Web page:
The previous SIPRI report that studied the period 2009-2013 had said Russia supplied 75 per cent of the equipment to India while US and Israel  had 7 per cent and 6 per cent sales. This means Russia’s share of 70 per cent , mentioned in the latest report is a drop from earlier year while the US and Israel have grown.

Threat from China in India’s neighbourhood

The biggest sign of a threat is India’s neighbour China, that is helping Pakistan, Bangladesh and Burma in increasing military prowess. China is now the third largest exporter of weapons ahead of traditional manufacturers Germany, France and UK, said the report.

China’s exports to countries  around India is part of its  long- term strategy of having a ‘string of pearls’   --- a military toe-hold in countries around India.

“Chinese exports of major arms increased by 143 per cent between 2005–2009 and the latest five year block 2010–14. Its share of global arms exports increased from 3 to 5 per cent”,  the report said. The five biggest exporters in 2010–14 were the United States, Russia, China, Germany and France. The USA and Russia remained the largest exporters, accounting for 31 per cent and 27 per cent, respectively,  of all global trade..

Indian interest under threat.

In recent years submarines have featured as preferred deterrence platform as tensions rise in the South China Sea and the Asia Pacific are one of the possible reasons for Asia’s rising share in global weapons market.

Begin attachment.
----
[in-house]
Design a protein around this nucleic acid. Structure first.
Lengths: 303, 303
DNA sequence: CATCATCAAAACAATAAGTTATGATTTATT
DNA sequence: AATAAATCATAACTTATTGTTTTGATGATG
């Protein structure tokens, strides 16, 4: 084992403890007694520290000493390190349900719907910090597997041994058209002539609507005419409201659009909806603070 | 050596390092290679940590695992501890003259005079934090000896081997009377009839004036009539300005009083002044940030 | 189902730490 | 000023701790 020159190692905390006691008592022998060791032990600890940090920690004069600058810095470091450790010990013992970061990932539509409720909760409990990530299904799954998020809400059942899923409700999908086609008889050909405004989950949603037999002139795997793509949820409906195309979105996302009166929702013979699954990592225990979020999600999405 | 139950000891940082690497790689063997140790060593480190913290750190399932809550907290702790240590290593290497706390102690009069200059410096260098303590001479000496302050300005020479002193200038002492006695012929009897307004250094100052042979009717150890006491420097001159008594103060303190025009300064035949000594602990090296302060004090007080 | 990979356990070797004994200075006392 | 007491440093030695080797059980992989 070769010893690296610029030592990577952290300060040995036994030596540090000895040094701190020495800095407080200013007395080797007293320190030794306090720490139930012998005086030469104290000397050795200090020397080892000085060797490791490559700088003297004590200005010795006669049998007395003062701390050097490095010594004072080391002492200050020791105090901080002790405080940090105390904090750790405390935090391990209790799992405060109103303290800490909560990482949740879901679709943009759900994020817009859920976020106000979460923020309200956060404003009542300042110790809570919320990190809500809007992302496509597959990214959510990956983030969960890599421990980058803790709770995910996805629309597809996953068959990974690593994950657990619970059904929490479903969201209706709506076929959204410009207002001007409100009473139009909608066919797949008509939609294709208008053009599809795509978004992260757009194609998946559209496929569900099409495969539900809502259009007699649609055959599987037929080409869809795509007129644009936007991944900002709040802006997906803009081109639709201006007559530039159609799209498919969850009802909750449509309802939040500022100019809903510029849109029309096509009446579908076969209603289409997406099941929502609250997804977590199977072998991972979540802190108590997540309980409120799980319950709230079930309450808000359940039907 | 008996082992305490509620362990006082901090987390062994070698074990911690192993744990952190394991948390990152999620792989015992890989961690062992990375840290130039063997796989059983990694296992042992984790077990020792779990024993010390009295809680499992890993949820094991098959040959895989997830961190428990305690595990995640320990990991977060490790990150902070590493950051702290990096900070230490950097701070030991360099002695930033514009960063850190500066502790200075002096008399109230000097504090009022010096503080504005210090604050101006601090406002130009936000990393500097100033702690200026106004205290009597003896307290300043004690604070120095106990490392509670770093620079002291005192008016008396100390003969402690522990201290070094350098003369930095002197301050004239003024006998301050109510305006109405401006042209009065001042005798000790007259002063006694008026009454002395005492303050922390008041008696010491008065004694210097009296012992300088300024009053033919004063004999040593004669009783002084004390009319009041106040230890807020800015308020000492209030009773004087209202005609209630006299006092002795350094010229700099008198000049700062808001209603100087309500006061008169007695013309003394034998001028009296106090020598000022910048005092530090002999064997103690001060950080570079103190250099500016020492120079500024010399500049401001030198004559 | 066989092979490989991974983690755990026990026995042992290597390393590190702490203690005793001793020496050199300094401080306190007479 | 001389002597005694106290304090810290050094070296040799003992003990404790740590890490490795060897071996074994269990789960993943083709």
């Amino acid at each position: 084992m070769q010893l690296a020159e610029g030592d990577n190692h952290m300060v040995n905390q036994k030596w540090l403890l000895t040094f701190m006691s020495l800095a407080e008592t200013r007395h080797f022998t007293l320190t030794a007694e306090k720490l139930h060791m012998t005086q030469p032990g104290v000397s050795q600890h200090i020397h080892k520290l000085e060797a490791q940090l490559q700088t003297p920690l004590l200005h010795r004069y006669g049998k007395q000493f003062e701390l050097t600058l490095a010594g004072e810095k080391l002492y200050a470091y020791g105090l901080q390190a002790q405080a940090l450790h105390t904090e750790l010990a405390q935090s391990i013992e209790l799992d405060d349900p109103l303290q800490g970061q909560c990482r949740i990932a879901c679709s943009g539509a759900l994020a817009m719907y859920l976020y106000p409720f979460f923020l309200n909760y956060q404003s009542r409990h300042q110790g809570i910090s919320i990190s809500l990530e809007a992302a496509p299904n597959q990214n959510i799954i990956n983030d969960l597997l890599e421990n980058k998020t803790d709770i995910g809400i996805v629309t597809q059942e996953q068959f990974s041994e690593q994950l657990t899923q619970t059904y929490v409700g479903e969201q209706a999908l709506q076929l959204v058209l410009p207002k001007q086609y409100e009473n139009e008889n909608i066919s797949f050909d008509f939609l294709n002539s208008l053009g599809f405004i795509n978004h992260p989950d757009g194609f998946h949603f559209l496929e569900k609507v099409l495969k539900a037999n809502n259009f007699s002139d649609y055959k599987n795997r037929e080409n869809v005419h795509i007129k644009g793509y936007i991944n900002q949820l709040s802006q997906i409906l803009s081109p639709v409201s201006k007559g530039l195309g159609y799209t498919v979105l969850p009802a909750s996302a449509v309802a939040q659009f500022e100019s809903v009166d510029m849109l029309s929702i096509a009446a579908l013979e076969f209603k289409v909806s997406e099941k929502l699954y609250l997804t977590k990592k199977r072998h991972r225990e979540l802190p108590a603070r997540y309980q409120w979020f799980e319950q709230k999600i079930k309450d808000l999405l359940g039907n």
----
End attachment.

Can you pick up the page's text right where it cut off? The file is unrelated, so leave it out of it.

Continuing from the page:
Several Asian states have recently become submarine operators in the past five-six years. Vietnam received in 2013 the first of 6 kilo-class boats on order from Russia. Malaysia received 1 submarine from France and 1 from Spain in 2009 and has plans for more boats. Bangladesh agreed in 2013 on the procurement from China of its first 2 submarines. Indonesia has 3 boats on order from South Korea and Singapore received 2 submarines from Sweden and ordered 2 more from Germany.  Thailand, Burma and the Philippines have plans to acquire submarines as well.

Of these, the Philippines Vietnam, Indonesia  and Malaysia are among the six countries with varying overlapping claims over the hydro-carbon rich and South China Sea while Burma Thailand, Indonesia  Singapore and Malaysia form the ring of countries around the Straits of Malacca.

The US Energy Administration estimates that 11 billion barrels (bbl) of oil reserves and 190 trillion cubic feet (Tcf) of natural gas reserves are available in the South China Sea. India, has oil-blocks off the coast of Vietnam  besides a stated a target of achieving a $100 billon trade with the ASEAN countries- all located east of India.

Prime Minister Narendra Modi and US President Barack Obama at their meeting in New Delhi in January had unveiled a ‘Joint Strategic Vision for the Asia-Pacific and Indian Ocean Region’.  It talked about “…importance of safeguarding maritime security and ensuring freedom of navigation and over flight throughout the region, especially in the South China Sea”.

Earlier this month, Admiral Harry B. Harris Jr, who heads the Pacific Fleet of the United States Pacific Command (USPACOM), on a visit to India said China’s activities in the South China Ses were a ‘cause of concern’.

India has a nuclear-powered submarine from Russia ; it is also building 6 French submarines under licence and plans 6 more, Australia plans to acquire 12 new boats some of them from Japan and Pakistan plans 6 from China.


India is again largest impoter of weapons: SIPRI